The Office of the Saskatchewan Information and Privacy Commissioner has released a report regarding disclosure of personal information by a Saskatchewan Crown corporation. The Commissioner stated that SaskPower was authorized to disclose the Complainant’s personal information to the Regina Police Service in the manner that they did.
The information release stemmed from a bomb threat made on September 10, 2015. SaskPower’s head office in Regina was evacuated just as employees were arriving to work that morning, with police informing staff that there was a credible risk to the building’s security. After inspection, employees were allowed to return to work with the instructions to keep an eye out for anything that seemed out of the ordinary. After the initial threat, relatively little attention was given to the incident in the public sphere. An initial news report on the incident can be found HERE.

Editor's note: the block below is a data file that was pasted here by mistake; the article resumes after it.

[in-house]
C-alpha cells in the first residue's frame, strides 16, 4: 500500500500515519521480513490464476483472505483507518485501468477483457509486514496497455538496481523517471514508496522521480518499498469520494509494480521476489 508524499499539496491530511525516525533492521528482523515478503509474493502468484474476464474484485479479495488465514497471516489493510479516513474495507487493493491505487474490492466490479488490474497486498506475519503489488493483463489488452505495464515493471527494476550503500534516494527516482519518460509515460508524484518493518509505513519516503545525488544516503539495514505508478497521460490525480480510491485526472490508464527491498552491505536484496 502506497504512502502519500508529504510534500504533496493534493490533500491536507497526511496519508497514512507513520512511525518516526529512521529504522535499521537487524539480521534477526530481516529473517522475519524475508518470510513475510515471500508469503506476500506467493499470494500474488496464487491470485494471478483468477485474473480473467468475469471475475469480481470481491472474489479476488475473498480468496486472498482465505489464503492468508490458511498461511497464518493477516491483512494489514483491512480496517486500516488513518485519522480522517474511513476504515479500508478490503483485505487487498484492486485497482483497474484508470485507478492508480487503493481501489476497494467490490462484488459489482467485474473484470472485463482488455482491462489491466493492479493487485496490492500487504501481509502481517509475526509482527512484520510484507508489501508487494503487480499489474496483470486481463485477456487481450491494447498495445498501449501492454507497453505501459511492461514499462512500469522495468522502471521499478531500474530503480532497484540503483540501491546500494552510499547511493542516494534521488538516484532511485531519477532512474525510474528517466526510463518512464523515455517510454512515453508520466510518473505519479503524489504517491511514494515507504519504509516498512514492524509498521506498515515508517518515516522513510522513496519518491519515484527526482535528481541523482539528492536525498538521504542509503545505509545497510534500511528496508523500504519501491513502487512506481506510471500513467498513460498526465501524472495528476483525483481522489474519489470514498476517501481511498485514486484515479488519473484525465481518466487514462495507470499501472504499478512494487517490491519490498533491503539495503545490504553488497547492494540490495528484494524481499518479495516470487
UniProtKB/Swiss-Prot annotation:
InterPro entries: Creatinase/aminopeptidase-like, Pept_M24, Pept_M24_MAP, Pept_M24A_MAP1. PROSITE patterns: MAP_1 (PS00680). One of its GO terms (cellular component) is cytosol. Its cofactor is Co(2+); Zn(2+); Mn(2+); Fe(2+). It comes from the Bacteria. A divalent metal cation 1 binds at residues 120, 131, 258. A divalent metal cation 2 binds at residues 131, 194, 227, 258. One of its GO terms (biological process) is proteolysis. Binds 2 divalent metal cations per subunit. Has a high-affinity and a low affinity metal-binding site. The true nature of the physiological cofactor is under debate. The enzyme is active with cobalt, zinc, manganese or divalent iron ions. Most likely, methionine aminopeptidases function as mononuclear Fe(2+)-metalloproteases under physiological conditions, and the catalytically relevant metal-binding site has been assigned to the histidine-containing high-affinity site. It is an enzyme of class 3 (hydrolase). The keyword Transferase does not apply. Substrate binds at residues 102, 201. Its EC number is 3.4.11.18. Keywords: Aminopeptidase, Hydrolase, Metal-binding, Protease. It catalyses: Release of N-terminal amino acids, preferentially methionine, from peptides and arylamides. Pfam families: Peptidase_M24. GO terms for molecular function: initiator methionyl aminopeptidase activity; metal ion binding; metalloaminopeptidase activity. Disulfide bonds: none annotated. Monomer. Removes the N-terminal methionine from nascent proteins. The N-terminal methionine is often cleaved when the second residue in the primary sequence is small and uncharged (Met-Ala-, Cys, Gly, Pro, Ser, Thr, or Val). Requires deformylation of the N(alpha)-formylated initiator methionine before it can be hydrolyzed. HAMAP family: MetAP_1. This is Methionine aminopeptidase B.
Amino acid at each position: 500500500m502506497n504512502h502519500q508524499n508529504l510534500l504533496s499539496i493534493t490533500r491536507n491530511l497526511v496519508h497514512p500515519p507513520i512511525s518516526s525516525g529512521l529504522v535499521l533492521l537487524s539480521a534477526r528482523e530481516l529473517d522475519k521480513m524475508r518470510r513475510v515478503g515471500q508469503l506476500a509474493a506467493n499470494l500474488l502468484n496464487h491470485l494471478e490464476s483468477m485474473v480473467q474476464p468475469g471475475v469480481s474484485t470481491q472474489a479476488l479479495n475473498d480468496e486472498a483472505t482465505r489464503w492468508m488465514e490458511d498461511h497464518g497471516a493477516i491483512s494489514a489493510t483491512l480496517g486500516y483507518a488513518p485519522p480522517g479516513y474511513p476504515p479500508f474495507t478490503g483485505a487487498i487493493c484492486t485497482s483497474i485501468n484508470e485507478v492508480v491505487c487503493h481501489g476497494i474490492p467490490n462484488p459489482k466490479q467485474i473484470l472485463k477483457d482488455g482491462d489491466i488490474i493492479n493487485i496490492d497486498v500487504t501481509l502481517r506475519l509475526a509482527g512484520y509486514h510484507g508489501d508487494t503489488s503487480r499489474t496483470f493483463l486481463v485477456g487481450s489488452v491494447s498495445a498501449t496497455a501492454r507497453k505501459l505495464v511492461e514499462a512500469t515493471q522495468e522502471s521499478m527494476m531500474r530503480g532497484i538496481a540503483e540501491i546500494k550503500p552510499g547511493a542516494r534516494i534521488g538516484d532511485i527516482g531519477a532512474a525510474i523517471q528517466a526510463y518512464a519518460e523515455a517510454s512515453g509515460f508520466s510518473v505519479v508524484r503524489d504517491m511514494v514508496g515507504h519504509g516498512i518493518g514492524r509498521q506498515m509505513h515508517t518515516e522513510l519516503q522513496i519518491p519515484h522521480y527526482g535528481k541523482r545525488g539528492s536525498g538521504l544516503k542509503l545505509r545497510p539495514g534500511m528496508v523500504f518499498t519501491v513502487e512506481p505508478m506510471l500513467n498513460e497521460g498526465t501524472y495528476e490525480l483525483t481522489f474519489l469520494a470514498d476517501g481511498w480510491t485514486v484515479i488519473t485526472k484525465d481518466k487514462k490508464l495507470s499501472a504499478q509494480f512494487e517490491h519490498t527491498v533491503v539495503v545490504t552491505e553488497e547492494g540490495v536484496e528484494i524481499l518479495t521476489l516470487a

At the end of January 2018, the Privacy Commissioner released a report finding that SaskPower had been accused, and consequently found innocent of, unauthorized disclosure of private information relating to the incident. The Commissioner stated that The Freedom of Information and Protection of Privacy Act (FOIP) applied to the case and that personal information, as defined within that act, had indeed been released to the Regina Police. This personal information included not only current and past addresses, but also opinions on the accent of the Complainant. Despite the release of personal information, SaskPower was found to be in compliance with FOIP, as the act allows disclosure of personal information to police services during the course of an investigation.
The full report by the Privacy Commissioner can be found HERE.
This blog post was written by a CCLA-PBSC RightsWatch student. Opinions expressed do not necessarily reflect the views of the CCLA or PBSC.